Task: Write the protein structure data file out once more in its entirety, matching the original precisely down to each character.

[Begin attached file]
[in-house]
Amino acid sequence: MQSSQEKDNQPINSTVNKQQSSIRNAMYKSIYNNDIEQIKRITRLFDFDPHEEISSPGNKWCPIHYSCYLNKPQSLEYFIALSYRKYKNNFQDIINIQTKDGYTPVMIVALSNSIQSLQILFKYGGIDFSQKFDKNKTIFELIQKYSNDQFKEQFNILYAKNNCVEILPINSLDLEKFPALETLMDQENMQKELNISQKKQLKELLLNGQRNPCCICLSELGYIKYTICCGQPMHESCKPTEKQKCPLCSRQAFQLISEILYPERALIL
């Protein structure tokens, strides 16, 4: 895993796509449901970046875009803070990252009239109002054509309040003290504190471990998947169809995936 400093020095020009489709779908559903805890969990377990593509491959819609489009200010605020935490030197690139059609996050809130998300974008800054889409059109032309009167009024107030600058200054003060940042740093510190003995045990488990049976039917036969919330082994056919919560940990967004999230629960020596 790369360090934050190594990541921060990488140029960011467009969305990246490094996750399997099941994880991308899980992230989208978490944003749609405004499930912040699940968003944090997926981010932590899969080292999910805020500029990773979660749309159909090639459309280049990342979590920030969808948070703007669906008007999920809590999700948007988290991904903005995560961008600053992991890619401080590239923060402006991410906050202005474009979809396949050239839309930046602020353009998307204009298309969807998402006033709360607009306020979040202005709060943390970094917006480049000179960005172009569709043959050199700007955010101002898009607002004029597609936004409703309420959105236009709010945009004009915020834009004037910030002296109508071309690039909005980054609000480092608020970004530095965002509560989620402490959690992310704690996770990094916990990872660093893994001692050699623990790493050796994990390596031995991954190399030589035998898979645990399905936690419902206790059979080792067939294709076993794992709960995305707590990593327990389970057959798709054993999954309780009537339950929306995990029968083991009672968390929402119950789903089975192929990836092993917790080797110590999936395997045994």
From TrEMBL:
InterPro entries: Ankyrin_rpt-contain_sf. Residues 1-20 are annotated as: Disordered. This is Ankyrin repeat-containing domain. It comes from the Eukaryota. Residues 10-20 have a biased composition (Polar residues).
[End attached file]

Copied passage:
[in-house]
Amino acid sequence: MQSSQEKDNQPINSTVNKQQSSIRNAMYKSIYNNDIEQIKRITRLFDFDPHEEISSPGNKWCPIHYSCYLNKPQSLEYFIALSYRKYKNNFQDIINIQTKDGYTPVMIVALSNSIQSLQILFKYGGIDFSQKFDKNKTIFELIQKYSNDQFKEQFNILYAKNNCVEILPINSLDLEKFPALETLMDQENMQKELNISQKKQLKELLLNGQRNPCCICLSELGYIKYTICCGQPMHESCKPTEKQKCPLCSRQAFQLISEILYPERALIL
């Protein structure tokens, strides 16, 4: 895993796509449901970046875009803070990252009239109002054509309040003290504190471990998947169809995936 400093020095020009489709779908559903805890969990377990593509491959819609489009200010605020935490030197690139059609996050809130998300974008800054889409059109032309009167009024107030600058200054003060940042740093510190003995045990488990049976039917036969919330082994056919919560940990967004999230629960020596 790369360090934050190594990541921060990488140029960011467009969305990246490094996750399997099941994880991308899980992230989208978490944003749609405004499930912040699940968003944090997926981010932590899969080292999910805020500029990773979660749309159909090639459309280049990342979590920030969808948070703007669906008007999920809590999700948007988290991904903005995560961008600053992991890619401080590239923060402006991410906050202005474009979809396949050239839309930046602020353009998307204009298309969807998402006033709360607009306020979040202005709060943390970094917006480049000179960005172009569709043959050199700007955010101002898009607002004029597609936004409703309420959105236009709010945009004009915020834009004037910030002296109508071309690039909005980054609000480092608020970004530095965002509560989620402490959690992310704690996770990094916990990872660093893994001692050699623990790493050796994990390596031995991954190399030589035998898979645990399905936690419902206790059979080792067939294709076993794992709960995305707590990593327990389970057959798709054993999954309780009537339950929306995990029968083991009672968390929402119950789903089975192929990836092993917790080797110590999936395997045994």
From TrEMBL:
InterPro entries: Ankyrin_rpt-contain_sf. Residues 1-20 are annotated as: Disordered. This is Ankyrin repeat-containing domain. It comes from the Eukaryota. Residues 10-20 have a biased composition (Polar residues).